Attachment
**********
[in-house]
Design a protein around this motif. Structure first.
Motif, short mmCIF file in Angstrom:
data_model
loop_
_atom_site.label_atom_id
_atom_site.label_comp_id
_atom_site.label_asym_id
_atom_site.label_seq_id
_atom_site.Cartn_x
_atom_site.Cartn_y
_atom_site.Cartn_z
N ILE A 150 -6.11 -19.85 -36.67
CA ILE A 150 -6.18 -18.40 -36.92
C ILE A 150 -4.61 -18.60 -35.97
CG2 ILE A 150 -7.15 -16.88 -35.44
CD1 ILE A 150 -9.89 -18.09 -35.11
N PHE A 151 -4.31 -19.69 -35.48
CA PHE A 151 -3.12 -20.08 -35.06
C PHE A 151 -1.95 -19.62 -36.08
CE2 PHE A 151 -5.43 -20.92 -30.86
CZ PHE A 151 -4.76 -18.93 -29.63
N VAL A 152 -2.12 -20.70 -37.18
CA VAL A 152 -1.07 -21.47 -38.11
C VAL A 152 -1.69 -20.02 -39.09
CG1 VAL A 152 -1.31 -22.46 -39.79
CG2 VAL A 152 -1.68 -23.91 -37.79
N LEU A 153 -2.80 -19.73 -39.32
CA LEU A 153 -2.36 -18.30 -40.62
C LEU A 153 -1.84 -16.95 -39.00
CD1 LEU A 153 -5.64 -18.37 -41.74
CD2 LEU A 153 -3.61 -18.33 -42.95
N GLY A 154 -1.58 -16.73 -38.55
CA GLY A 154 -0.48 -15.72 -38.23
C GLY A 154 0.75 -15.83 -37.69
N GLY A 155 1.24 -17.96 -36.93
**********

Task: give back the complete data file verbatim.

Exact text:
[in-house]
Design a protein around this motif. Structure first.
Motif, short mmCIF file in Angstrom:
data_model
loop_
_atom_site.label_atom_id
_atom_site.label_comp_id
_atom_site.label_asym_id
_atom_site.label_seq_id
_atom_site.Cartn_x
_atom_site.Cartn_y
_atom_site.Cartn_z
N ILE A 150 -6.11 -19.85 -36.67
CA ILE A 150 -6.18 -18.40 -36.92
C ILE A 150 -4.61 -18.60 -35.97
CG2 ILE A 150 -7.15 -16.88 -35.44
CD1 ILE A 150 -9.89 -18.09 -35.11
N PHE A 151 -4.31 -19.69 -35.48
CA PHE A 151 -3.12 -20.08 -35.06
C PHE A 151 -1.95 -19.62 -36.08
CE2 PHE A 151 -5.43 -20.92 -30.86
CZ PHE A 151 -4.76 -18.93 -29.63
N VAL A 152 -2.12 -20.70 -37.18
CA VAL A 152 -1.07 -21.47 -38.11
C VAL A 152 -1.69 -20.02 -39.09
CG1 VAL A 152 -1.31 -22.46 -39.79
CG2 VAL A 152 -1.68 -23.91 -37.79
N LEU A 153 -2.80 -19.73 -39.32
CA LEU A 153 -2.36 -18.30 -40.62
C LEU A 153 -1.84 -16.95 -39.00
CD1 LEU A 153 -5.64 -18.37 -41.74
CD2 LEU A 153 -3.61 -18.33 -42.95
N GLY A 154 -1.58 -16.73 -38.55
CA GLY A 154 -0.48 -15.72 -38.23
C GLY A 154 0.75 -15.83 -37.69
N GLY A 155 1.24 -17.96 -36.93